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Hearing Aids

Quick Enquiry


CAPD is a disruption in the brain’s ability to effectively and efficiently use auditory information, thus having a profound influence on the individual’s ability to listen and learn.Individuals with Auditory processing disorders come across as though they have a hearing loss when in fact, their hearing is often within normal limits.

CAPD has been noted to co-exist with a number of other disorders like ADHD, autism, language impairment, dyslexia and learning disability.

Children with CAPD might exhibit the following:

  • Is easily distracted by background noise/difficulty hearing in noisy situations.
  • Difficulty following long conversations.
  • Difficulty taking notes.
  • Easily distracted by other sounds in the environment.
  • Does not listen carefully to directions and often need instructions to be repeated.
  • Forgets what is said in a few minutes.
  • Has difficulty recalling a sequence that has been heard.
  • Experiences problems with sound discriminations.
  • Says “huh” & “what” a lot (at least 5 times in a day)
  • Does not pay attention to what is being said.
  • Difficulty with reading and/or spelling.
  • Difficulty with organisational skills.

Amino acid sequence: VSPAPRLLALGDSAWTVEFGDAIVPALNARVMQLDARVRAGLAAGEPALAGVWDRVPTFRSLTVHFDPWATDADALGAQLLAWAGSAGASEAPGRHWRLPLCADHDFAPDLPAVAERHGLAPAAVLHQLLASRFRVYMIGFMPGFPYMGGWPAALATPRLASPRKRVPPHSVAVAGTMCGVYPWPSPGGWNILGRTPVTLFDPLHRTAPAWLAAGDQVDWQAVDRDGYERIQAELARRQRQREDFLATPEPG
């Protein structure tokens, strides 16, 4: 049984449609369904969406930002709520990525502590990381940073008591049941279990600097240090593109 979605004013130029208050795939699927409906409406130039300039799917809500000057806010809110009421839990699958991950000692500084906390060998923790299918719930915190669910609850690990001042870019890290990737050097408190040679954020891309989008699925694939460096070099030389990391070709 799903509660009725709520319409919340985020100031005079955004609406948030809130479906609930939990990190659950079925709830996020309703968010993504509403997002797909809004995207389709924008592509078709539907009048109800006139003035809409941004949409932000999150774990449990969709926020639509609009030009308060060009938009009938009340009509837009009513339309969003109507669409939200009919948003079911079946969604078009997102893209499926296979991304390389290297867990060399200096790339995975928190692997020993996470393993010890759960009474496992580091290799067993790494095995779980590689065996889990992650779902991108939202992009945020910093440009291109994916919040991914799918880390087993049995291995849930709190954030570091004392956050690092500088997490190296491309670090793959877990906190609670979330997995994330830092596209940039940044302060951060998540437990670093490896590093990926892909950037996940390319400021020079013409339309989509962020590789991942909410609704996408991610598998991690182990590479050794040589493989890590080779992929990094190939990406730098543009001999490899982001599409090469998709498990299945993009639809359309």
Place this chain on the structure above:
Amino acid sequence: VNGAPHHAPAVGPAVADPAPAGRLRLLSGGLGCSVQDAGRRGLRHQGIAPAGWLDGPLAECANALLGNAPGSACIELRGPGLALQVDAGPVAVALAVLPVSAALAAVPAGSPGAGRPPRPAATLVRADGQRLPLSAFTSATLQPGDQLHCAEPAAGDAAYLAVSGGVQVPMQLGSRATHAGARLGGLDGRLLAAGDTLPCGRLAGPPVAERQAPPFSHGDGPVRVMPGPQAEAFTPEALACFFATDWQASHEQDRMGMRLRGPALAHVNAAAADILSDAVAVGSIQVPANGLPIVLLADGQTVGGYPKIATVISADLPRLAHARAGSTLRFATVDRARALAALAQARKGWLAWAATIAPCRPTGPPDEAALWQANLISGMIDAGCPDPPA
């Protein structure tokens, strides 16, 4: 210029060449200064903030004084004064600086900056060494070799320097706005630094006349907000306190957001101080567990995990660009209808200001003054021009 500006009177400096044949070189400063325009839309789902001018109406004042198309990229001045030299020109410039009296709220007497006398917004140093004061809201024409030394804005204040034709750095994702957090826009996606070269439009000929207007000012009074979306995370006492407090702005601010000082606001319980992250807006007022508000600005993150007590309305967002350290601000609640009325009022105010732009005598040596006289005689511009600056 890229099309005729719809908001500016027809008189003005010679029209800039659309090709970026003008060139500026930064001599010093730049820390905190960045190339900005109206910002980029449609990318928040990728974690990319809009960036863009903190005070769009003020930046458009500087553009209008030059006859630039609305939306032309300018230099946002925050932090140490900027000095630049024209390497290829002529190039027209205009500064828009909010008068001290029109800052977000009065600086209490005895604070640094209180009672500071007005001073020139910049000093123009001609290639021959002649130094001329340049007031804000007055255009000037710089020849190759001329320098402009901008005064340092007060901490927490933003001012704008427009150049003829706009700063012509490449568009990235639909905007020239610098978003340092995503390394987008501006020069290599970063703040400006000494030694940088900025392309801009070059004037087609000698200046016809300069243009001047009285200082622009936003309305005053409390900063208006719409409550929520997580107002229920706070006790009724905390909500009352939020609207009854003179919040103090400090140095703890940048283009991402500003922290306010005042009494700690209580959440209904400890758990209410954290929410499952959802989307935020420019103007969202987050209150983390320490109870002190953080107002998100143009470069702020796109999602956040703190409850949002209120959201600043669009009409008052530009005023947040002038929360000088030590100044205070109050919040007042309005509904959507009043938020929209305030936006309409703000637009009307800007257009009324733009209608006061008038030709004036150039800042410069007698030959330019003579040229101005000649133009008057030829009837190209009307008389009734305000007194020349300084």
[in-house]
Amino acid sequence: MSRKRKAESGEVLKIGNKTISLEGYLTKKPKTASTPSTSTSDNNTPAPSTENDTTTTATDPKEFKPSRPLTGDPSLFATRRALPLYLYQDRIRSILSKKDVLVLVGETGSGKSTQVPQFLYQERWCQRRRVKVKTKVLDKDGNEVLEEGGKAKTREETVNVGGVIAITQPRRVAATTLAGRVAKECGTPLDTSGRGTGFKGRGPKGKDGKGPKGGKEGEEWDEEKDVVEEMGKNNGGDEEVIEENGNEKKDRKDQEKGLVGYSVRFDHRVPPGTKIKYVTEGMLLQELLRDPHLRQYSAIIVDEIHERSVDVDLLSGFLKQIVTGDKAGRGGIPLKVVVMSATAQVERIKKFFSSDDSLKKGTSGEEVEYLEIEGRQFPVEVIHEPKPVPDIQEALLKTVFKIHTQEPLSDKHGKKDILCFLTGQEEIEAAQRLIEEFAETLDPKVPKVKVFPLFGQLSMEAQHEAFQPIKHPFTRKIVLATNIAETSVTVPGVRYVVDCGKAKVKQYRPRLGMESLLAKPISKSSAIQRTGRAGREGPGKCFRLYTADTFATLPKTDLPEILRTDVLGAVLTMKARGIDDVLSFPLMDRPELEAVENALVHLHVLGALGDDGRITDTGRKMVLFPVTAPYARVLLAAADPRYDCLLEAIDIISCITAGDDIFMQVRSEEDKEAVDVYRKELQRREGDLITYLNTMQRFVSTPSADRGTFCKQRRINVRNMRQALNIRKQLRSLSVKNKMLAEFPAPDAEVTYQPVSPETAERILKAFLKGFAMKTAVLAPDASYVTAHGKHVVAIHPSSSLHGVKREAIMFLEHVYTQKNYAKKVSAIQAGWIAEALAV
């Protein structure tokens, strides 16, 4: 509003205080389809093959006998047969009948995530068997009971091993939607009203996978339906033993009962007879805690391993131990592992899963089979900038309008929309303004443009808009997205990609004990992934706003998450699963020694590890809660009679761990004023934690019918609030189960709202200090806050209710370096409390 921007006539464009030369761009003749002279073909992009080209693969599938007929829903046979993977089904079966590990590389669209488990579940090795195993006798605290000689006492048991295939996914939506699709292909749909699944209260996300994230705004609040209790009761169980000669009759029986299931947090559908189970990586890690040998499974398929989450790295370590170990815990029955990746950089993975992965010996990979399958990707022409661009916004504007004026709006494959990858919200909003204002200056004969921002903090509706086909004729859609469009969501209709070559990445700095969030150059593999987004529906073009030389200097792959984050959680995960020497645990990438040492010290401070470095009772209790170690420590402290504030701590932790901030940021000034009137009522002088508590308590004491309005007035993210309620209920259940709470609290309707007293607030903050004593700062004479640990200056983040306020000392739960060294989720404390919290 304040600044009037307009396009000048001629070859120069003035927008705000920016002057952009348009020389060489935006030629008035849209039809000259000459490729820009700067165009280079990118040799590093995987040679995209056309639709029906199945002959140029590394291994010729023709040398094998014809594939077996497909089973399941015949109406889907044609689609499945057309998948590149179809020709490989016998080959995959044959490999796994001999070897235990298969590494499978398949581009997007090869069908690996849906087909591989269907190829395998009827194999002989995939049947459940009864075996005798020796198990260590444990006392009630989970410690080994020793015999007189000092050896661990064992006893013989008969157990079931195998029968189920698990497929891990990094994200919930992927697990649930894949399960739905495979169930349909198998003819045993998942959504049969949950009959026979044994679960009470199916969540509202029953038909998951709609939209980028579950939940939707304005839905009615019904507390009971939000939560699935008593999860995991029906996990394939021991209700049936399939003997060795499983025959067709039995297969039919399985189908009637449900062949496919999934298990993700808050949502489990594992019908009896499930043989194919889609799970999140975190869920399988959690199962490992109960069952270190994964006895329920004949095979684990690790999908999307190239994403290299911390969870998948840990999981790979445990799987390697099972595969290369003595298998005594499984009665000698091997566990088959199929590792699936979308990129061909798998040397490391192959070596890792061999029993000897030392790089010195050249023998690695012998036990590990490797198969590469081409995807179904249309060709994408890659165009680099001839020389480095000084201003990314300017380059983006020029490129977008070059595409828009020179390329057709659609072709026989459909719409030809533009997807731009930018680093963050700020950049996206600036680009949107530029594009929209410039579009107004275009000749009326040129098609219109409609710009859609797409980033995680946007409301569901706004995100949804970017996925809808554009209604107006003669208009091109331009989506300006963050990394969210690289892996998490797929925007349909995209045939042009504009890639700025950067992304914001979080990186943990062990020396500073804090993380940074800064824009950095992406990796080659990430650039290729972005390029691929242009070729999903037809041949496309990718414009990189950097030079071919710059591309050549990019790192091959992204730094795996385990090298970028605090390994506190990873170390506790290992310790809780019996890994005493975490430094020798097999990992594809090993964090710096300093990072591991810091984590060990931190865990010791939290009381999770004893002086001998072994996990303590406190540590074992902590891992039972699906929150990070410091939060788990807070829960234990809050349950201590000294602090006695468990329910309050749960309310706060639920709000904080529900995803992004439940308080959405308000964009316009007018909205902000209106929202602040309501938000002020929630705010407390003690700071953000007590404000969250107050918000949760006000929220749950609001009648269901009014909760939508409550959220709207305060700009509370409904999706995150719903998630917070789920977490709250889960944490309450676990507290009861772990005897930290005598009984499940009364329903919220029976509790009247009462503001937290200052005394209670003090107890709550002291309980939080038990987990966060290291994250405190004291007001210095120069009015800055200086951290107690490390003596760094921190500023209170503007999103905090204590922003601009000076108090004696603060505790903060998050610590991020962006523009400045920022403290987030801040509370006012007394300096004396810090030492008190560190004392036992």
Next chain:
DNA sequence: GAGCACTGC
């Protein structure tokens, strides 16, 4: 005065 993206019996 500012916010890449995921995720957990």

• Has a history of hearing loss.
  • Has a history of ear infections.
  • Day dreams a lot.

How to help a child with Auditory Processing Disorder?

A multidisciplinary approach is crucial for accurate diagnosis. Members of the team typically include a Speech Language Pathologist, Psychologist, Teacher, Parents and Audiologist. The Audiologist performs a comprehensive test that are specific to the person’s age, language, auditory problems and cognitive abilities. Treatment options are as outlined below.

  • Use of specialised computer based programmes that are specifically recommended by the Audiologist depending on child’s needs.
  • Use of an assistive listening device such as a personal FM system or sound field system. This allows the child to hear the teacher’s voice directly even if there is other distracting background noise.
  • Speech in noise training.
  • Direct therapy in the form of Phonologic/Auditory awareness training.
  • Breaking instructions into simple steps.
  • Sitting close to the teacher in the classroom so that the child can hear the teacher's voice louder.
  • Written instructions can be given to get the message through.
  • Acoustic modifications.
  • Reduce noise in the classroom.
  • Quiet study place at home.
  • Encourage the child to ask the teacher/parent to repeat what has been said if they haven’t understood the instructions.
  • Gaining attention prior to speaking.
  • Generous use of positive reinforcement.
  • Teachers and parents to check on child’s comprehension
  • Pre teaching new information or vocabulary.
  • Provision of a note taker.
  • Avoidance of auditory fatigue.

The Audiologist who performs the assessment would discuss the options based on what is best suited to the child’s needs. At Agape we perform a comprehensive Auditory Processing Assessment in a professional yet friendly manner at the child’s own pace.